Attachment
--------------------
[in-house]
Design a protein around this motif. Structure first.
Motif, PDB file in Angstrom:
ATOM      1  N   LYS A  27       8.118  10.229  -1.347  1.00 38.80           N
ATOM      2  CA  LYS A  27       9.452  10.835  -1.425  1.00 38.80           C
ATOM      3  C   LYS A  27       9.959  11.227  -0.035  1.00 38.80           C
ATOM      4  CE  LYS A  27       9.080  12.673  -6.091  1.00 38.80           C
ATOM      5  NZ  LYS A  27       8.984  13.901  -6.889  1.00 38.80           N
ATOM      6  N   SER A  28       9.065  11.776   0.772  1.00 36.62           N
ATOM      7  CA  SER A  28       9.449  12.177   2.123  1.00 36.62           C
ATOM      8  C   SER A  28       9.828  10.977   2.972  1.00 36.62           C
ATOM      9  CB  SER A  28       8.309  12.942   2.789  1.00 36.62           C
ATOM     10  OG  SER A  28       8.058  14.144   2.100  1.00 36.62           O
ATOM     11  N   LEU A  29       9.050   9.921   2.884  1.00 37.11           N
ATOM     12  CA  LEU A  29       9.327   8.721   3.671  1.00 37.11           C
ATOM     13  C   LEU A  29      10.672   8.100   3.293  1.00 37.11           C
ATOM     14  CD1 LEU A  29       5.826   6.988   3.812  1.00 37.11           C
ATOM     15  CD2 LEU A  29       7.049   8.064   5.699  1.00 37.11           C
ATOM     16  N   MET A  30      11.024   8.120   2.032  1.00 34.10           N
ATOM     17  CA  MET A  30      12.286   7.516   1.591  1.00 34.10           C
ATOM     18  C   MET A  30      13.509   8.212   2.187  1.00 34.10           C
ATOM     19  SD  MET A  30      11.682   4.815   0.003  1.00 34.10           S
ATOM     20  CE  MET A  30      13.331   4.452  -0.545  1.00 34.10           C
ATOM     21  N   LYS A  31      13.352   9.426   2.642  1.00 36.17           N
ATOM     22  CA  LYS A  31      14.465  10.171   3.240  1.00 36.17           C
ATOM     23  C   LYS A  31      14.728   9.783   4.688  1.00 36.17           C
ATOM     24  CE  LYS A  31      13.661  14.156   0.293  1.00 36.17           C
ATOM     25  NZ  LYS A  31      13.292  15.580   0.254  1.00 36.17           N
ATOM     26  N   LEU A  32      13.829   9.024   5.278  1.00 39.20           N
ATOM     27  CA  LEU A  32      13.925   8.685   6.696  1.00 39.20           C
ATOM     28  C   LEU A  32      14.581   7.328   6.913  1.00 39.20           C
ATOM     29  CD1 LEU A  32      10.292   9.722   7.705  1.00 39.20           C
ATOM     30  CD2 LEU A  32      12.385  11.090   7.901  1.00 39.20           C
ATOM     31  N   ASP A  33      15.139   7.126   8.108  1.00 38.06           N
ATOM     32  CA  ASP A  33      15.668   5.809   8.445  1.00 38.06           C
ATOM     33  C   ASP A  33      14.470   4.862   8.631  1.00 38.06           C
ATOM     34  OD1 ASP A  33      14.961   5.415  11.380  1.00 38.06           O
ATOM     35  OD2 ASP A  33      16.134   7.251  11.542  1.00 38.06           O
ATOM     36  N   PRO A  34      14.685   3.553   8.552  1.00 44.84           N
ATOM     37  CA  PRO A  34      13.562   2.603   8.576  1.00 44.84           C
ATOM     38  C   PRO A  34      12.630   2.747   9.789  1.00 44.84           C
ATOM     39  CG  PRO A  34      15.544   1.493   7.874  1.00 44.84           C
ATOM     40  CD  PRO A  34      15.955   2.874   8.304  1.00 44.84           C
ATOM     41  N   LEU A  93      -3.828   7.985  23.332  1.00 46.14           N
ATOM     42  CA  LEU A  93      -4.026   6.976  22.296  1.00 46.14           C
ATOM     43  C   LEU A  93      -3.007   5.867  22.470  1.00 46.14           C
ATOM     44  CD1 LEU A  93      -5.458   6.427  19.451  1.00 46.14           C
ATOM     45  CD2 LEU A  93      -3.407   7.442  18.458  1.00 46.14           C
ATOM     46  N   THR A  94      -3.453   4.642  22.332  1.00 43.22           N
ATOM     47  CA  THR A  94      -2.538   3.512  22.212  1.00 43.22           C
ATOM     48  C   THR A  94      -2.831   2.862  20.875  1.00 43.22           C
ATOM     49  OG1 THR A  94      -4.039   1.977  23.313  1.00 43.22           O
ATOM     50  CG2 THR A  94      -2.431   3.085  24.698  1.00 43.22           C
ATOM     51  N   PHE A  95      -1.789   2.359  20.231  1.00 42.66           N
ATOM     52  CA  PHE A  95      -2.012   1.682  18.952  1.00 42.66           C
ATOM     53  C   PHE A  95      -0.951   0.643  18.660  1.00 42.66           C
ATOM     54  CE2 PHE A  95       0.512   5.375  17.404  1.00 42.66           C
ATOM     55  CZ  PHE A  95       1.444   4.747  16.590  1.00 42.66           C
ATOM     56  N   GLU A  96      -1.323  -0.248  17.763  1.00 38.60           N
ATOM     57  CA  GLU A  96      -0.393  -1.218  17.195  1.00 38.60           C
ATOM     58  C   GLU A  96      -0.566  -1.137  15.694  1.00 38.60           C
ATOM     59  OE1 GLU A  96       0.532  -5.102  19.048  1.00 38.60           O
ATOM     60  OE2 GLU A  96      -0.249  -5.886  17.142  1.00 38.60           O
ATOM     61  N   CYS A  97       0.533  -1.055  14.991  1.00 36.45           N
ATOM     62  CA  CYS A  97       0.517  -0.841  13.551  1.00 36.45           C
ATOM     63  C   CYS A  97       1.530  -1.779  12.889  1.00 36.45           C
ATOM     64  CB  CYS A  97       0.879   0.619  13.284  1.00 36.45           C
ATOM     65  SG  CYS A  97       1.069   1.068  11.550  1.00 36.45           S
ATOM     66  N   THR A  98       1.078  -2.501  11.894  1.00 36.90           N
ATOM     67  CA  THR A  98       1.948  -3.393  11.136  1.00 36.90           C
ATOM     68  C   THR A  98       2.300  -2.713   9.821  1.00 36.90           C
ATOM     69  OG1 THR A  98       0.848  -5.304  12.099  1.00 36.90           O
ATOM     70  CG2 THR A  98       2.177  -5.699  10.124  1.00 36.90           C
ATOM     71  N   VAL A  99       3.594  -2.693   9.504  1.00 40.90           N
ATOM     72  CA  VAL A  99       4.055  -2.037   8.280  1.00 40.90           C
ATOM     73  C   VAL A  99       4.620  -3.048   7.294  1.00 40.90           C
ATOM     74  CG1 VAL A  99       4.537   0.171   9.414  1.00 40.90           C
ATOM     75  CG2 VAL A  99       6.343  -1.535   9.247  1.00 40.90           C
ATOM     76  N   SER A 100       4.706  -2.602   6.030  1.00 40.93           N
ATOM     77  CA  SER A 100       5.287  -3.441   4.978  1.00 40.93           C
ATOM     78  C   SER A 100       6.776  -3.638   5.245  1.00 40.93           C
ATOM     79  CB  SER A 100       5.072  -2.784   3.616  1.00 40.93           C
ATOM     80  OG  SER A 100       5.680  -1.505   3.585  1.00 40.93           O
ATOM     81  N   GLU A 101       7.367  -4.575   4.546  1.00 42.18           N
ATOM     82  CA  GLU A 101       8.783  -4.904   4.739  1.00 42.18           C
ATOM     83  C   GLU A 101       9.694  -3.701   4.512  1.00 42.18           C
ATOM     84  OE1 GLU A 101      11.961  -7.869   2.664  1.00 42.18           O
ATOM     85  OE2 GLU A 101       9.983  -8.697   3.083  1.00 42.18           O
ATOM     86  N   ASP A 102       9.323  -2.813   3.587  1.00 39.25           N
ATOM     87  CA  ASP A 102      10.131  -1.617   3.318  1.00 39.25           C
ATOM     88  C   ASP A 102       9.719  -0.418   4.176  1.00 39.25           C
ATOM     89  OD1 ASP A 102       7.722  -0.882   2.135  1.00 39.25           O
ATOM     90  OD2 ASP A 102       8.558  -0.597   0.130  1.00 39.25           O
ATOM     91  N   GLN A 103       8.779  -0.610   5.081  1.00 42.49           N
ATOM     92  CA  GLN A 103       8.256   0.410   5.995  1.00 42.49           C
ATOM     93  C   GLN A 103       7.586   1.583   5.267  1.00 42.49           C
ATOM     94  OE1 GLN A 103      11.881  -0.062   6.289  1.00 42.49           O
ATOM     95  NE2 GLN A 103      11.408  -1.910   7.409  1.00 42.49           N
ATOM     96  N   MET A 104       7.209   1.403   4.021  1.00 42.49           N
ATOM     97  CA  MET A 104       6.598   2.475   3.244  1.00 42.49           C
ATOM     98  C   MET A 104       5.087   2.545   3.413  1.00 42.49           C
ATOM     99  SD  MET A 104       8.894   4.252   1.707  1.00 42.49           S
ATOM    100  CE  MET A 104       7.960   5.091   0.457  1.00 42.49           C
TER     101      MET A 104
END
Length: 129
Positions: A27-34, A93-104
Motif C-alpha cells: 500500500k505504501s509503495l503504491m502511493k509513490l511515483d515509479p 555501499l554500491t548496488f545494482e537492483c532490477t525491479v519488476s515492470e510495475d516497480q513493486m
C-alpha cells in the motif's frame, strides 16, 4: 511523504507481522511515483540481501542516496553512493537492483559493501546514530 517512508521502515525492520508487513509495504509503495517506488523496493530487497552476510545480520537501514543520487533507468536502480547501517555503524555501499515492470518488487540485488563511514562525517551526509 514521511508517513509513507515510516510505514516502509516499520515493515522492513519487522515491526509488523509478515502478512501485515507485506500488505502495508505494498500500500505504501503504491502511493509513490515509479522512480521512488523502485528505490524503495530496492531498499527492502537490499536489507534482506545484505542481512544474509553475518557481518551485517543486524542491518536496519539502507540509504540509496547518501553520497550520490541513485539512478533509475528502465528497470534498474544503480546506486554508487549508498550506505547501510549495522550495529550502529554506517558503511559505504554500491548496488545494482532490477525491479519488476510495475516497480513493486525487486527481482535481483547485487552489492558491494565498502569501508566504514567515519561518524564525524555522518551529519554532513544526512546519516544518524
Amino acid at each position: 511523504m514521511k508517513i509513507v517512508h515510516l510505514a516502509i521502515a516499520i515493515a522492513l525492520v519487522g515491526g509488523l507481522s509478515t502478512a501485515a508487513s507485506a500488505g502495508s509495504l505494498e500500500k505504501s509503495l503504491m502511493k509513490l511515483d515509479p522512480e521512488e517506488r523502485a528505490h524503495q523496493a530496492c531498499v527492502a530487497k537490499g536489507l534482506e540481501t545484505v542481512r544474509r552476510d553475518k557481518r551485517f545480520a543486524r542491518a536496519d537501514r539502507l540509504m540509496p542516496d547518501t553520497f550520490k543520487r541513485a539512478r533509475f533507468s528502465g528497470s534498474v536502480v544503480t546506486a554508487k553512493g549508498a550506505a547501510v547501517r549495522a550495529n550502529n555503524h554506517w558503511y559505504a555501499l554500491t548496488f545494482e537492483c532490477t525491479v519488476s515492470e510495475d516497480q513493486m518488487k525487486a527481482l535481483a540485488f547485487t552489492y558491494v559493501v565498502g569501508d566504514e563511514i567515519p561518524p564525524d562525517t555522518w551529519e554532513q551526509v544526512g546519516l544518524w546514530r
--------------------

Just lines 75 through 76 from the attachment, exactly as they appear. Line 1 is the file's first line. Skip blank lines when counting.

ATOM     72  CA  VAL A  99       4.055  -2.037   8.280  1.00 40.90           C
ATOM     73  C   VAL A  99       4.620  -3.048   7.294  1.00 40.90           C